Astro Boy I’m watching the recent movie adaptation of Astro Boy, a year or so after my daughter watched it. There are so many emotional upheavals and elements I probably didn’t want my daughter to see without some conversation. She’s a smart kid, but this movie is all about rejection. There’s tons and tons of situations of emotional discomfort that I don’t consider to be appropriate for an 8-year-old.

How did I miss this? First, the trailer. There’s nothing in the trailer that shows that the entire movie will be about a robot imbued with a child’s emotions forced to deal with rejection over and over. There’s nothing in the trailer that says it’s a giant movie about fitting in clad with robots.

Second, there’s the series. The series wasn’t like this. We (who grew up watching it) know it to be fun and peppy and full of great little adventures. The filmmakers took elements to make the new movie, but opted to imbue it with huge emotional conflicts and make a real adult-scale film.

Parental Guidance

Growing up, I did everything I could to get around ratings. I convinced my folks to let me see Jaws at a very young age. I did that kind of thing a lot. I pushed the boundaries of what was okay to see. I also got them desensitized to letting me see violent films. I want to talk about that for a moment.

Parents seem to worry about violence in movies more than any other element. Well, okay, sex comes first. If you see a topless woman, this is somehow far worse than bullets in the brainpan. But is that really the most scarring thing a child is going to absorb? I say no. I say that heavy emotional issues are far worse than a few guns or boobies.

As parents, it’s up to us to decide what is going to be okay for our child. It’s up to us to watch first, to know what we’re getting them into. And I missed it with this movie. I made assumptions based on the trailer, and I’m really sorry that I did.


My daughter never said much about the movie. She didn’t say that she disliked it. She didn’t say that she found it disturbing. She just didn’t have much use for it.

In fact, the movie’s pretty interesting from an adult perspective. The visuals are great. The acting is good. There are some really salient points and some emotional moments. But it’s not right for my kid.

Parental guidance is a lot trickier these days. The storyteller rules have changed. What we think kids want in a kid’s movie has changed. And animation, as you probably know, rarely means “children’s movie” these days.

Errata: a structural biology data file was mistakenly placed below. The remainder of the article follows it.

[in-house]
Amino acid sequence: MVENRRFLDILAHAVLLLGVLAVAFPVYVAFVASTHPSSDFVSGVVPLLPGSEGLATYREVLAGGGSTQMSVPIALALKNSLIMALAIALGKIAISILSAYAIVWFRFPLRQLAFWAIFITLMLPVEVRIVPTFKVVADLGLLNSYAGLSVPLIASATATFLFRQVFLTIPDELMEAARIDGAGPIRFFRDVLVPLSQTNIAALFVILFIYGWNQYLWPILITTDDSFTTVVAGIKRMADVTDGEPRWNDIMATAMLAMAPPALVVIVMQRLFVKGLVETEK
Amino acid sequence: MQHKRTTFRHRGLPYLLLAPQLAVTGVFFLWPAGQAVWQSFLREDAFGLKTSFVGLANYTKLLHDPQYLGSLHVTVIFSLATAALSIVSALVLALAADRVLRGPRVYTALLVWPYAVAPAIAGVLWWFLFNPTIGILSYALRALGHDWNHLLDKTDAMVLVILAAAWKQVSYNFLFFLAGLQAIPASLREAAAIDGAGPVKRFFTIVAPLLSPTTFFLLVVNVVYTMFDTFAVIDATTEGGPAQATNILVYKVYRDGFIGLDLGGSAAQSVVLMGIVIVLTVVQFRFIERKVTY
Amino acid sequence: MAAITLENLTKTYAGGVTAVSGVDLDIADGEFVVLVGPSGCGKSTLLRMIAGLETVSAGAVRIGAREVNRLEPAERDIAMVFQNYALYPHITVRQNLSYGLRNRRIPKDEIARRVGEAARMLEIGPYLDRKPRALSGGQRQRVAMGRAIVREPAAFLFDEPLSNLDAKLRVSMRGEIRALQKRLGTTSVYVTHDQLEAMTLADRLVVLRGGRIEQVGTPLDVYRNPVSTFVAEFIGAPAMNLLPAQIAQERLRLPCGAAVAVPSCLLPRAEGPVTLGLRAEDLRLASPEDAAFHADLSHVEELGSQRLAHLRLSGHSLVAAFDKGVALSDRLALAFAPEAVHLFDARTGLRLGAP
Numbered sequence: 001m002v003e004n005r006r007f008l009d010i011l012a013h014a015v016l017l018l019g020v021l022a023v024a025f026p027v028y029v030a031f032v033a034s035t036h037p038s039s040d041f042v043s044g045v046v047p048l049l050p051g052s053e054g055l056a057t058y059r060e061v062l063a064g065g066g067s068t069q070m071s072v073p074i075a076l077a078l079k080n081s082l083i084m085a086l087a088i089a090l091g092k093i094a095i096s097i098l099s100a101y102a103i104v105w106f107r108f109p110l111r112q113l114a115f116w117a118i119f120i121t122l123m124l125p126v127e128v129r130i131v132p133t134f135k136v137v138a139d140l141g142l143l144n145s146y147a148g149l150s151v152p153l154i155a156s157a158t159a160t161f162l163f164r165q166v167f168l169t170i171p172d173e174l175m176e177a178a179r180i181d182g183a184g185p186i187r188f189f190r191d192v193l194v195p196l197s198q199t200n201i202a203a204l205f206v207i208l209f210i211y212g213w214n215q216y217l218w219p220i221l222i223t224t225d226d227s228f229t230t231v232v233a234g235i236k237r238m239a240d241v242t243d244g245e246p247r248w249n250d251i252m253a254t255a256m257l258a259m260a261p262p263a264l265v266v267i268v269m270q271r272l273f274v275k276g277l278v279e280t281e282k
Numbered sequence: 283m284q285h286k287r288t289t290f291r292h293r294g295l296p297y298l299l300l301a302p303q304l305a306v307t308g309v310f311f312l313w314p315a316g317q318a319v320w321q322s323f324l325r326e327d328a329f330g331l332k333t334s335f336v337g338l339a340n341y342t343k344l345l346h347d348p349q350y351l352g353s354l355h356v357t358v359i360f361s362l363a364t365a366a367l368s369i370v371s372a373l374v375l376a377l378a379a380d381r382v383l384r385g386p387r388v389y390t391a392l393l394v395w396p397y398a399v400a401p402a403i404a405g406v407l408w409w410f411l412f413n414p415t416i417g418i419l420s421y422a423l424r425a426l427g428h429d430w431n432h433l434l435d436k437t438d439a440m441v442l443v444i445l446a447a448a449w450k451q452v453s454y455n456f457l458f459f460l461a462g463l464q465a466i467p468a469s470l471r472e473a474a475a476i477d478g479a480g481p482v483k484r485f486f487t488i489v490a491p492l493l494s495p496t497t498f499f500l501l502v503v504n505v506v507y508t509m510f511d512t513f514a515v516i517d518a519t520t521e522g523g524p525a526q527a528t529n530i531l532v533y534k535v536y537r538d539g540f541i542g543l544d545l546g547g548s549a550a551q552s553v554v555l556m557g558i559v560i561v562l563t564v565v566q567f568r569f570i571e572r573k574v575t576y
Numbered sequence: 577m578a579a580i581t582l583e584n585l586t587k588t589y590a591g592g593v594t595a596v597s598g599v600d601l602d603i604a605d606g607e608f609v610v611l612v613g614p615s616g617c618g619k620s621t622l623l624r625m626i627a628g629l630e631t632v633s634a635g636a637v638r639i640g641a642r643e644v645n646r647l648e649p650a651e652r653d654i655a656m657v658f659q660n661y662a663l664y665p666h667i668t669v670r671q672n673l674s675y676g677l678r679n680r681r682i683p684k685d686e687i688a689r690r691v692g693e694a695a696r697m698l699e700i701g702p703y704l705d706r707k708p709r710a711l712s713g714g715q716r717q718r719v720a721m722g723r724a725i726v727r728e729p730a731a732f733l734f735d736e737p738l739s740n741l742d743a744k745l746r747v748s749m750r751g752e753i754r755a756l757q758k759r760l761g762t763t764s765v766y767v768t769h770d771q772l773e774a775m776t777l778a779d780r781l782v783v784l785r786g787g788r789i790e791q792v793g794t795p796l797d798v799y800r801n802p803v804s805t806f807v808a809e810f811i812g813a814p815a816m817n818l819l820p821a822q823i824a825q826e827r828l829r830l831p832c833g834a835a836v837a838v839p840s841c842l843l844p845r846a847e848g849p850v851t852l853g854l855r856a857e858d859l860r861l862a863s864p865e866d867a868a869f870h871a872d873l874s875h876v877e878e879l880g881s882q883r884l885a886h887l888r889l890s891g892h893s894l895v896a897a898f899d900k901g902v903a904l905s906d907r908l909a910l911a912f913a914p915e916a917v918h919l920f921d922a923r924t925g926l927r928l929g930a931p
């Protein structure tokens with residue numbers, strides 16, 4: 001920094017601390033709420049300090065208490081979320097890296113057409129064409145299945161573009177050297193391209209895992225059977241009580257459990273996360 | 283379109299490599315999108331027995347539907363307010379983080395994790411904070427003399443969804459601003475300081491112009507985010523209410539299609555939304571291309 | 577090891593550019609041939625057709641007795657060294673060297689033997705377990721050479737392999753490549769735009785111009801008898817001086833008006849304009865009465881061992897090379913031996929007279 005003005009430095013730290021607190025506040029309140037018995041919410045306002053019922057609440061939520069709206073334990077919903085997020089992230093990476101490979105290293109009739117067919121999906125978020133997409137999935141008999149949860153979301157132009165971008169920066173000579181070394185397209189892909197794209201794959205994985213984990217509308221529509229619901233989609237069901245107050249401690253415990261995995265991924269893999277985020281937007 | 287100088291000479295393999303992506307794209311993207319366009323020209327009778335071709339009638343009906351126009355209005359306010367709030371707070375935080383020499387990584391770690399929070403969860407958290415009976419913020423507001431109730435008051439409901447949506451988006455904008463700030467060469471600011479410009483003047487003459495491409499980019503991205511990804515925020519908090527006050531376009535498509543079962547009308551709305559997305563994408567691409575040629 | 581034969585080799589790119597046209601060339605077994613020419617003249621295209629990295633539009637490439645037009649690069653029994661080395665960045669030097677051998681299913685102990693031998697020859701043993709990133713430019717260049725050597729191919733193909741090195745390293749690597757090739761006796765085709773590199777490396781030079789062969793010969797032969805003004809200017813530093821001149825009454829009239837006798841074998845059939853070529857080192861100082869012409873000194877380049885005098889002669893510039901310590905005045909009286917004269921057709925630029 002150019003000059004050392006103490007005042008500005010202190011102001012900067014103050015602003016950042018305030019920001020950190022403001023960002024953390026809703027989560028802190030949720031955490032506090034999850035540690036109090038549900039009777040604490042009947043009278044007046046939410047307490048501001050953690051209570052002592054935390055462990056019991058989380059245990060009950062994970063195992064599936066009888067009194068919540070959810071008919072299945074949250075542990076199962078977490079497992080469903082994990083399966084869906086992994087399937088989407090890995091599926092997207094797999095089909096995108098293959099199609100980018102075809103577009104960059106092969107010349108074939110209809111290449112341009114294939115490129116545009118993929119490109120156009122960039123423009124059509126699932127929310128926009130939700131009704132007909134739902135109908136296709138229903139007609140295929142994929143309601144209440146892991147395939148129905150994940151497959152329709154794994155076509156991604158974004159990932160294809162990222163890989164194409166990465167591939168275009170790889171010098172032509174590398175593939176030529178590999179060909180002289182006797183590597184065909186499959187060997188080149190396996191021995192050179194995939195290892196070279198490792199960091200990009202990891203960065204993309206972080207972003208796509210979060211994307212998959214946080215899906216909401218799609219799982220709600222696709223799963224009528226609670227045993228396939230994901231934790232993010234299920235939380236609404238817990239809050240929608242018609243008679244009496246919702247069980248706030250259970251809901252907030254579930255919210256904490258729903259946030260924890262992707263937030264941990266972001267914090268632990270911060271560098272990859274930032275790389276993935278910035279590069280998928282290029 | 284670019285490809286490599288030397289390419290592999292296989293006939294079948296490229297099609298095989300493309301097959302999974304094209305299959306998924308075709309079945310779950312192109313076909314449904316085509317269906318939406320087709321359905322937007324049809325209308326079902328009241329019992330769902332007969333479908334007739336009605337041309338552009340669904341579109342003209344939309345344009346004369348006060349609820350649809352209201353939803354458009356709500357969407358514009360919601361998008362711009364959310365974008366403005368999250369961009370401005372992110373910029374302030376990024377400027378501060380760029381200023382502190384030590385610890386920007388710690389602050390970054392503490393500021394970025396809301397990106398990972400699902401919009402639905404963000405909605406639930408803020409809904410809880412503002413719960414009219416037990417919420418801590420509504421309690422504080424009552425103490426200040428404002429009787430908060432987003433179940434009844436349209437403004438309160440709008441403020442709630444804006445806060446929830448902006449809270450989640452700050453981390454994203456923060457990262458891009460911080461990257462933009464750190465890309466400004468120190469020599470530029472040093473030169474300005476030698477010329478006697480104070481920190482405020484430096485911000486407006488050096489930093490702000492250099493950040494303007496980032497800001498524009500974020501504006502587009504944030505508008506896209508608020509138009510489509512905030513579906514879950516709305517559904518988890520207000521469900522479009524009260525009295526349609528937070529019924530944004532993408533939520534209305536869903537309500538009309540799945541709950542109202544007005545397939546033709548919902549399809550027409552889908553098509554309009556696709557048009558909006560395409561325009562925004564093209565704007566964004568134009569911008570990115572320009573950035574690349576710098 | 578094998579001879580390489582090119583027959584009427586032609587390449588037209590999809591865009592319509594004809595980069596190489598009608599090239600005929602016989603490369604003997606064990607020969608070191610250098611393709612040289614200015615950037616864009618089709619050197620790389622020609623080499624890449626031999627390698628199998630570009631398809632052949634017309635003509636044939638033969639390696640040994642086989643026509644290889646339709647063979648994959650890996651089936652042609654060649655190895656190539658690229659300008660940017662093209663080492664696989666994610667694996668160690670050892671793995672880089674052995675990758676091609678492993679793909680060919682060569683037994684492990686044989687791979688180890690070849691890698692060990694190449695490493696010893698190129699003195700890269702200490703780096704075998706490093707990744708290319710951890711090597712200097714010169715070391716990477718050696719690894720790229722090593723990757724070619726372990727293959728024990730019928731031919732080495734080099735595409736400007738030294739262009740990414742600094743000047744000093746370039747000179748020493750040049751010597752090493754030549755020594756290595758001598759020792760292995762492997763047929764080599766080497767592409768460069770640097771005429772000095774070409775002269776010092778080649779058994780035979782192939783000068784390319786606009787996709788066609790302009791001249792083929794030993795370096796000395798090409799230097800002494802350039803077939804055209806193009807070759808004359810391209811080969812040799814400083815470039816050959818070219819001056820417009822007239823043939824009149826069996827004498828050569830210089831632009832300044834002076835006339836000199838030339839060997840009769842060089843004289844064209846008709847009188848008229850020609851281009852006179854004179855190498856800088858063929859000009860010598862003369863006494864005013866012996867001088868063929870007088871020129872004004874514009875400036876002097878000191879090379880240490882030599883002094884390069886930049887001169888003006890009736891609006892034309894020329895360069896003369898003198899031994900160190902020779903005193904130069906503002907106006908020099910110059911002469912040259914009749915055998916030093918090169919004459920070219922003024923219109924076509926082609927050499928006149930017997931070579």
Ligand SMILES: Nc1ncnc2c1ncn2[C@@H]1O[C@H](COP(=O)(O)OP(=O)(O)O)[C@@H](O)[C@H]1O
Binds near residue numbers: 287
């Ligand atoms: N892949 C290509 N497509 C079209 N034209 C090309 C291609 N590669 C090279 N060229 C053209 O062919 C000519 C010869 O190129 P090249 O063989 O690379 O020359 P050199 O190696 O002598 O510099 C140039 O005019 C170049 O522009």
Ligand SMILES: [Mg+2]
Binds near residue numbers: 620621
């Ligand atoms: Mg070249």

Keep your eyes open, and dig deep. It’s amazing what one can find.


  1. After your daughter didn’t have much reaction to the movie one way or another, why do you still think it wasn’t right for her? I don’t think there’s any need for us parents to protect our kids from movies they simply don’t like all that much.

    Yes, there may be emotional upheavals and things you weren’t expecting in it, but aren’t many of the greatest stories — whether for kids or adults — the ones that stick with us because of those emotional, perhaps disturbing elements? Aren’t most fairy tales that way? Snow White, Hansel and Gretel, even Spider-Man?

    I agree with you that it’s best if we can watch movies with our children, or screen them beforehand to see if they’re appropriate for our particular child, and talk about them in case they raise anything worth talking about. But eventually kids will develop their own tastes, and once in awhile they’ll see something inappropriate, whether by choice or by accident. I’ve come to believe, with my own daughters (now 10 and 12), that it’s good for them to learn how to handle such a situation on occasion, rather than trying to prevent them from ever encountering one.

  2. Do you use Netflix? They have a feature there that discusses movies based on kid-friendliness.

  3. I hear you.

    I always google “(movie name) family review” and it pulls up a few websites (some religious, some not) that talk about how intense or jarring some parts of the movie can be.

    I don’t think kids should be 100% insulated from reality, but it’s really nice to have a heads up of what to expect out of a movie before you go in.

  4. Good morning Chris!

    Our family uses Focus on the Family’s PluggedIn [] for online movie, video, music, tv and game reviews. I appreciate how the reviews include positive elements, spiritual elements, sexual content, violent content, profane language, drug and alcohol content etc. I’ve found the reviewers to be fair and thorough in their conclusions. I find PluggedIn to be an excellent starting point; it helps me discern appropriateness.

    Here’s what PluggedIn thinks about The Social Network:

    Have a great weekend!



    Dena A Lorenzi

  5. Oops … that url shortener didn’t work sorry … Simply go to

  6. Great post! I remember my parents going to see Empire Strikes Back before it could be approved for us kids to see it.

    Sometimes the movie is ‘ok’ but parents still need to know what is going on- the stupid movie Barnyard (my husband took the kids to the cheap theater- I took a nap) has bulls with udders. This mistake or whatever has led to many discussions- over media heads believing their audience is stupid- a little bit of birds and bees, etc. Being a parent is tough today!

  7. tuxgirl

    I use It rates all movies on a scale from 1 to 10 on sex/nudity, violence/gore and profanity, then discusses what elements of each are in the movies (it randomizes the order of appearance, so that you can’t get the plot from it). It also has a section at the bottom of “discussion topics”, including anything they can think of that might be concerning to parents.

  8. carlo


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